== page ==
proviSIOn IS made for a note for less than one dollar. A note for a fractional sum is not only unknown to the law, but its issue is unlawful. Section 3583, supra. The supreme court, by deciding that an obligation payable "in goods" was not illegal, has left the inference to follow almost necessarily that it was not such a note as was contemplated by the statute, and therefore not taxable. The whole tenor of the act, and the sections relating to taxation, indicates that it was the intention of congress to tax only such obligations as circulated as money. Whenever a tax is laid on negotiable paper other than bank notes, its character is particularly specified, and it is always money or its equivalent; as, for instance, in section 3408, where a tax is imlJosed on the average amount of circulation, "including, as circulation, all certified checks, and all notes and other obligittions calculated or intended to circulate or to be used as money." In Nat. Bankv. U. S. 101 U. S. 1, the chief justice, having under consideration 'section 3413, says:
"The tax thus laid is not on the obligation, but on its use in a particular way. As against the United States, a state municipality has no right to put its notes in circulation as money. '" '" '" 'fhe tax: is on the notes paid out, that is, made use of as a circnlating medium."
It is not contended that there was, prior to February 8, 1875, any law applicable to this case. 18 St. at Large, p. 311, §§ 19-21. A careful reading of these sections, however, would seem to justify the conclusion that they were intended to extend the law so as to apply to those, other than national-bank associations, engaged in banking business, whether corporations Or individuals, to make the law applicable to llew persons, but llOt to new subject-matter. The tax, under the act of 1875, is paid in precisely the same manner as the tax on bank deposits, oapital, and circulation; the meaning of the word "notes" is not enlarged or explained, and no language is used to indicate that it was the intention of congress to give to it any different signifioation than that given. in the original act. The conclusion reached is that the statute does not cover obligations which simply entitle the' holder to a certain amount of IDerchandise-liniitedby the surnstated-at the store of the party who issues them.' The system rnaybe a pernicious one; very likely a tax should 'be imposM; but if the foregoing views are corre,ct H cannot be done under existing laws. The opinion of Attorney General Devens (25 Int. Rev: Rec. 167) is cittld as holding a different doctrine. Although the colle'Ctor was :adviged to proceed and levy the tax, the attorney general expressed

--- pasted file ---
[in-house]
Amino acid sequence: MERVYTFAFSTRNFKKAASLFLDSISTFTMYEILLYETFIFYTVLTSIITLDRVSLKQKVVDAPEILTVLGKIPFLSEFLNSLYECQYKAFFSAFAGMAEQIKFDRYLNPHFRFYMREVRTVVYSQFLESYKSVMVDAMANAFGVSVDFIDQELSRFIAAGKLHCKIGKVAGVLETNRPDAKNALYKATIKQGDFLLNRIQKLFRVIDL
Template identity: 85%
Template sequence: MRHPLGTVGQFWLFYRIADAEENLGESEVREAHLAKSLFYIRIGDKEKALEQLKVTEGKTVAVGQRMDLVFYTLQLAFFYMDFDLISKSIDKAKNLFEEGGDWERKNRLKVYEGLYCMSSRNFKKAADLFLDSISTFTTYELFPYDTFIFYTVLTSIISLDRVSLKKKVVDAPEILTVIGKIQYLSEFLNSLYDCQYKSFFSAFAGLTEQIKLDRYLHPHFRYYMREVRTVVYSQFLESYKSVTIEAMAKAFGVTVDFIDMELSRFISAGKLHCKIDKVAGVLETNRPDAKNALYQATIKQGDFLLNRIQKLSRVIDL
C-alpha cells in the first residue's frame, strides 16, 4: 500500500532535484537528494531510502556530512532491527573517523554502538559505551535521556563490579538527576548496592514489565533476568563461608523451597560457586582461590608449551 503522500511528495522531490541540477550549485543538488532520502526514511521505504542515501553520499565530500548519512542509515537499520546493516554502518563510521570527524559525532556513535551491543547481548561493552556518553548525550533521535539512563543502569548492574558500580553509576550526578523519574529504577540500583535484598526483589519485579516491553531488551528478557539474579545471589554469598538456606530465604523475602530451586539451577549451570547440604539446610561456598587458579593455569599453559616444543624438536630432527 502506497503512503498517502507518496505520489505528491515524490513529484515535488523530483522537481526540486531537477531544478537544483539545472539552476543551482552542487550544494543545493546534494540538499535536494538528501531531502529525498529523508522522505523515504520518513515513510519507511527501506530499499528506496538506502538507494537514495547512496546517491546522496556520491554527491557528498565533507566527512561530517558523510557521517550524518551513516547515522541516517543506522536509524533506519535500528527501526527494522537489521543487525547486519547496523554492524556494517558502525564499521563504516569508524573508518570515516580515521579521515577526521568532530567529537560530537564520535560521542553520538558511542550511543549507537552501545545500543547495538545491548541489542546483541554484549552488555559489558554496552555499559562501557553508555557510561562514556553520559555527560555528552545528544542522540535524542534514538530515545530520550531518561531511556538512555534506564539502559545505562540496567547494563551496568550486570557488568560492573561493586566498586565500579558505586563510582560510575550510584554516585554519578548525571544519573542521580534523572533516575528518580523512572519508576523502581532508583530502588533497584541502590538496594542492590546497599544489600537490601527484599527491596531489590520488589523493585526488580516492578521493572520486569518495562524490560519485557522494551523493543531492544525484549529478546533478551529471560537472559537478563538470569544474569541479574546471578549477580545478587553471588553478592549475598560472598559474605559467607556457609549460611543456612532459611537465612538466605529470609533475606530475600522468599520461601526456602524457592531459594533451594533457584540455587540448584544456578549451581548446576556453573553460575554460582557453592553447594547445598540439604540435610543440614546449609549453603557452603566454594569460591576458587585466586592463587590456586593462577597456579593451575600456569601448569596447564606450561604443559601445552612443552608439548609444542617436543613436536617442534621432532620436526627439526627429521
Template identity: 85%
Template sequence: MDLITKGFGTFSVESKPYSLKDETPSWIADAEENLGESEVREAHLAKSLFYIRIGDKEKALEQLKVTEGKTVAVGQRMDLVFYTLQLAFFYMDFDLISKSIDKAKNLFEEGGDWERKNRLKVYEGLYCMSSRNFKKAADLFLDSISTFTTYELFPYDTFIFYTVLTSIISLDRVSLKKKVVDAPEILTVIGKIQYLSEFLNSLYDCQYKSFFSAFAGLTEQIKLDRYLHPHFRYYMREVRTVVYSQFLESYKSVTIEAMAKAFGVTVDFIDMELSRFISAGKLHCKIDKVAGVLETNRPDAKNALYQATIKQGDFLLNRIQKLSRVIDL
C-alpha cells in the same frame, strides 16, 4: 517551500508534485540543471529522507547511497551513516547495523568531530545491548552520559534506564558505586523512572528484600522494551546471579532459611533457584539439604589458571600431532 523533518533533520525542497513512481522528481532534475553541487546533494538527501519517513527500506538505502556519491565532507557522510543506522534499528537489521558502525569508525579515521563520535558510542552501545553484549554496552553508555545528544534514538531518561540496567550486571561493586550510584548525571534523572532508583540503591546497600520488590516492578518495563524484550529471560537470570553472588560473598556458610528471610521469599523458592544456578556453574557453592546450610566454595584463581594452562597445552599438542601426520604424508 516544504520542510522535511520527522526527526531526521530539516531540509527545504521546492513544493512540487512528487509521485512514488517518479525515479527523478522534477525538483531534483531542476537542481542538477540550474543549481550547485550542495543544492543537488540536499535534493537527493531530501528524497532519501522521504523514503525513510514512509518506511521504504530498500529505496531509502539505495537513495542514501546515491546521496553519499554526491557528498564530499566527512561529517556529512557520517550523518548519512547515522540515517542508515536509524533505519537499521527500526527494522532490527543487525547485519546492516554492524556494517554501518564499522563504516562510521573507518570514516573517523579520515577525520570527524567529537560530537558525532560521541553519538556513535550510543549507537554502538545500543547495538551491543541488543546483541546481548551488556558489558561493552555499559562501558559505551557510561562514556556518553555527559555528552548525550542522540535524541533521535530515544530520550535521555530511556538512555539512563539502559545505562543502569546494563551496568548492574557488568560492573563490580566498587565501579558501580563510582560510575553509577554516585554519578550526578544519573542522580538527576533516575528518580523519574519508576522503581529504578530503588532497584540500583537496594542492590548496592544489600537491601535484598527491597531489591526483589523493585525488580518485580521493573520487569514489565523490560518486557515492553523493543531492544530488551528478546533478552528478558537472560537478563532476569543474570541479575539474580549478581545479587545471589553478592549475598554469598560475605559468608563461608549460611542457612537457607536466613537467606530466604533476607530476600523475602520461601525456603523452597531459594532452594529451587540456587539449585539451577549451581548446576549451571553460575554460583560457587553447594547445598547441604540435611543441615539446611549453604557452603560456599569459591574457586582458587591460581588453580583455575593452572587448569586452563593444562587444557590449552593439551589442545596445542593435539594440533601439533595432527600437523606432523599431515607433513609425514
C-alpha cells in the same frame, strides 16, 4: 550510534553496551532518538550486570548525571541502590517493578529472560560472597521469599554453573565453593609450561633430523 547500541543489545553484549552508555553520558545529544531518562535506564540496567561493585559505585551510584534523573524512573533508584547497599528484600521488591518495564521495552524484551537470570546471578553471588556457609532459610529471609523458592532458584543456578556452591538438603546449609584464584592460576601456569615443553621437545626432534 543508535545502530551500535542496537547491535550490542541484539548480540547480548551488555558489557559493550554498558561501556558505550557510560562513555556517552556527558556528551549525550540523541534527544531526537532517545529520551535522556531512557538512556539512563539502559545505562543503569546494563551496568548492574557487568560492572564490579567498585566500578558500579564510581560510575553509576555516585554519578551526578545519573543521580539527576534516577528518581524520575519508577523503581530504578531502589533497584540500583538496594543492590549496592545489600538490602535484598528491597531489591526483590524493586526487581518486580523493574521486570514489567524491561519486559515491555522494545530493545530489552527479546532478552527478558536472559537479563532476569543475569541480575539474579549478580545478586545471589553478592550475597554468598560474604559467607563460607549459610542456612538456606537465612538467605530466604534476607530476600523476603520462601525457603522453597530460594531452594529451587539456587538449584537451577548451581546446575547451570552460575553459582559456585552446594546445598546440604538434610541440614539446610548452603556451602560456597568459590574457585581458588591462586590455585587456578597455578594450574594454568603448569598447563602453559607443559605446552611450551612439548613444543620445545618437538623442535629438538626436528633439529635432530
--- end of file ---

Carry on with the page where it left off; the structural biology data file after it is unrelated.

grave doubts regarding the legality of such action, and was apparently influenced in arriving at this conclusion by a desire to obtain a judicial construction of the statute, "since thus only can the question be brought to an authoritive detel'lDination of the· highest federal tribunal." He doubted whether obligations payable in goods came within the letter of the statute, but thought that they did come "within the mischief intended to be remedied by the statute." Although the opinion is entitled to great weight, it cannot be regarded as control· ling, especially where it is conceded that the question is a doubtful one. As. the conclusion reached disposes of the case, it will noi be necessary to consider the second question stated above.